Counter Terrorism & Security Act 2015

Merlin Academy recognises its responsibilities under the Counter Terrorism & Security Act 2015 to prevent people of all ages being radicalised or drawn into terrorism. Prevent is about safeguarding people and communities from the threat of terrorism. Prevent is 1 of the 4 elements of CONTEST, the Government’s counter-terrorism strategy. It aims to stop people becoming terrorists or supporting terrorism. The school promotes a multicultural environment where respect for, and tolerance of, other people’s beliefs is required at all times.

This policy is based on the following principles:
The rule of law
Individual liberty
Respectful tolerance of different faiths or beliefs

This policy, in conjunction with referenced documents, has the following aims:
To explain our commitment to Prevent;
To detail our Prevent policies and procedures;
To promote Core British Values at all times;
To provide a clear procedure to be implemented in the event of concerns;
To ensure that everyone is protected from potential radicalisation.

It may help you to develop a deeper understanding and more clarification of the different words and phrases used when you’re discussing or thinking about extremism and its related topics.

The four values that should be encouraged, promoted, upheld and exemplified by all are:
The rule of law
Individual liberty
Respectful tolerance of different faiths or beliefs

Extremism is the holding of an extreme political or religious view which may deny right to any group or individual. Extremism can refer to a range of views, e.g. racism, homophobia, right-wing ideology, as well as any religious extremism. Extremism can be expressed in vocal or active opposition to Core British Values, and may also include calls for the death of members of the armed forces, whether in this country or overseas.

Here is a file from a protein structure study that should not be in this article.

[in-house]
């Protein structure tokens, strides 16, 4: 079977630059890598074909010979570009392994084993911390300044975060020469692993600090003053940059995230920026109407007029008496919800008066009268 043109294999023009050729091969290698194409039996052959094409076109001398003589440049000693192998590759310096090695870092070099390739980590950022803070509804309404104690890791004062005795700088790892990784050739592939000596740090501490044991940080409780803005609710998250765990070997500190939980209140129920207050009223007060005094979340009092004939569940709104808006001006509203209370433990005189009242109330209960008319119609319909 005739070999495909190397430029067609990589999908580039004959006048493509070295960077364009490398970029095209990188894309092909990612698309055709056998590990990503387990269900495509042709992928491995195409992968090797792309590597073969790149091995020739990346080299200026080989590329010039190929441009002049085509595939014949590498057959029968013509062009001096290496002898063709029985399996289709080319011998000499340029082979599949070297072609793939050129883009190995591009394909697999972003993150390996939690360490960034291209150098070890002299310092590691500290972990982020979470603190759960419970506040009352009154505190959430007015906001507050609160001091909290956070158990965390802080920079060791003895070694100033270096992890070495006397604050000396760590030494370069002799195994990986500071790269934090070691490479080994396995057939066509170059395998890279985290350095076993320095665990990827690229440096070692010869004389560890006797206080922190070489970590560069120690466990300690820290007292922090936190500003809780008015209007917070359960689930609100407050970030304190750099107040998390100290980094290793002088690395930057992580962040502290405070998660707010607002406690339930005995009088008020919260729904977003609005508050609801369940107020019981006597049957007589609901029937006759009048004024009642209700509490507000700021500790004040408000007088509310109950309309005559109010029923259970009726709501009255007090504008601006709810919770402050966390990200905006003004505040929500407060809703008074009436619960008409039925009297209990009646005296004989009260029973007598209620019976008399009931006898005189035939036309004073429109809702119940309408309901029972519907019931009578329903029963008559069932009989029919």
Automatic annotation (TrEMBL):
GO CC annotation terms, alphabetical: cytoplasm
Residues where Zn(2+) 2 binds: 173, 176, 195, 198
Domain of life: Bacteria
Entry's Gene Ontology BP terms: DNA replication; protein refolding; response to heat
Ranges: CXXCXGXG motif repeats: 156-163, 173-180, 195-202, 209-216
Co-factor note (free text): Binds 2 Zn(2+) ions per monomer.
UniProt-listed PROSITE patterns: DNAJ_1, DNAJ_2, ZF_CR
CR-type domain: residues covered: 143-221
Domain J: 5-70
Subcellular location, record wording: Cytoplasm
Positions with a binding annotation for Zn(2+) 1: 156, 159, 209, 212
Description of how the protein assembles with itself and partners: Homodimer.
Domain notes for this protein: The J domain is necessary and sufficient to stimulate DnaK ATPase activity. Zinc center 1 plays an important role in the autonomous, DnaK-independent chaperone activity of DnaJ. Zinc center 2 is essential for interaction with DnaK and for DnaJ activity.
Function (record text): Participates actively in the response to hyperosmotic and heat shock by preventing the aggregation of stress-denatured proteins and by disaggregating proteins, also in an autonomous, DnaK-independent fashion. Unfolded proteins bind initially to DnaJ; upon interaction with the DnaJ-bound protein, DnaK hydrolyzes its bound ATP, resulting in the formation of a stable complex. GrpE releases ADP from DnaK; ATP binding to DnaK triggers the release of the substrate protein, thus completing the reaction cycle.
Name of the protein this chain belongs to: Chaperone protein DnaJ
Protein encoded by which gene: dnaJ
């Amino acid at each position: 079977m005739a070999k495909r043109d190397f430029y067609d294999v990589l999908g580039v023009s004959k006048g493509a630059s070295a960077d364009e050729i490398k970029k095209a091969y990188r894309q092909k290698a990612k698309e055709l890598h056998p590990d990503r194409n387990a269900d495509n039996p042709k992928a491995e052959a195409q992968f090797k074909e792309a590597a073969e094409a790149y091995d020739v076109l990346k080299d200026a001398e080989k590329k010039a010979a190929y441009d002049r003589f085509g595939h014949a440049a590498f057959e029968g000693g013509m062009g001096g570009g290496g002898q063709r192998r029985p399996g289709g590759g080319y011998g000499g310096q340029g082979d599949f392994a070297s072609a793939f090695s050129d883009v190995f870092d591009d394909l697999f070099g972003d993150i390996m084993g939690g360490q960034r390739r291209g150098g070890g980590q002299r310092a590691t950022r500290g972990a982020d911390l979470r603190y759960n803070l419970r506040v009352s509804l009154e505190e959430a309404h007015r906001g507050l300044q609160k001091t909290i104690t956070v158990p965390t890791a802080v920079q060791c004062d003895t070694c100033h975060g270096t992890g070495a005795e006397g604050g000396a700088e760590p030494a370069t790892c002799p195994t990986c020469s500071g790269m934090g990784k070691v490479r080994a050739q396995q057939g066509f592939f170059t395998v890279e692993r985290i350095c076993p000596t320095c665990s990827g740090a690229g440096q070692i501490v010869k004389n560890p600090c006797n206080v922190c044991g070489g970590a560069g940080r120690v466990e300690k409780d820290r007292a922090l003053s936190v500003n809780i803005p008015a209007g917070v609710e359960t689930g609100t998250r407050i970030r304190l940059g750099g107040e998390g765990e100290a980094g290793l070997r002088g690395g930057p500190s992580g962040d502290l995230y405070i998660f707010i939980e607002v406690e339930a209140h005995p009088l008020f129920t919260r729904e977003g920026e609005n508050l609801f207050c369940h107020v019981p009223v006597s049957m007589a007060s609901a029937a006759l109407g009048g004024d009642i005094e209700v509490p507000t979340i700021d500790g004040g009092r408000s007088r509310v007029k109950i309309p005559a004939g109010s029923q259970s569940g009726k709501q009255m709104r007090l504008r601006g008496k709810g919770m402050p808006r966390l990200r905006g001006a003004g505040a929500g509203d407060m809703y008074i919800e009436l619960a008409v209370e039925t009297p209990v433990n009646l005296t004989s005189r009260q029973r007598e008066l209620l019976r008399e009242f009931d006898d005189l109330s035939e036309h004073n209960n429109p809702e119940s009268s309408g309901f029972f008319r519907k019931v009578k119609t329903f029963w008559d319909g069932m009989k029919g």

In the context of this policy, prevention means reducing or eliminating the arisk of individuals becoming involved in terrorism. Prevent involves the identification and referral of those susceptible to violent extremism into appropriate interventions. These interventions aim to divert the susceptible from embarking down the path to radicalisation.

Radicalisation is the act or process of making a person more radical or favouring of extreme or fundamental changes in political, economic or social conditions, institutions or habits of the mind.

Vulnerability describes the condition of being capable of being injured, difficult to defend, open to moral or ideological attack. Within Prevent, the word describes factors and characteristics associated with being susceptible to radicalisation.

Our commitment to Prevent begins with our Prevent Lead, who is responsible for creating a risk assessment and action plan, which is reviewed and updated annually or following an incident or concern.
It is recognised that all members of staff, Assessors, and students have a responsibility to uphold the principles and aims of this policy.

At the Academy we provide training and guidance to all members of staff, homestay providers, group leaders, and students; the aim of our training and guidance is to provide knowledge and confidence to all.

A Code of Conduct that specifically references Prevent duties.
Online training provided by the Education and Training Foundation.
Face-to-face training by the Prevent Lead.

A Code of Conduct that specifically references Prevent duties.
Informal face-to-face training once a year.

A Code of Conduct that specifically references Prevent duties.
Online training provided by the Education and Training Foundation.
Tutoring and counselling appropriate to their perceived need.

It is important to understand that extremism is not isolated to any particular type of person: any student regardless of Race, Religion or social belief may be radicalised. Equally, extremist views may be held by students, members of staff, group leaders, or homestay providers.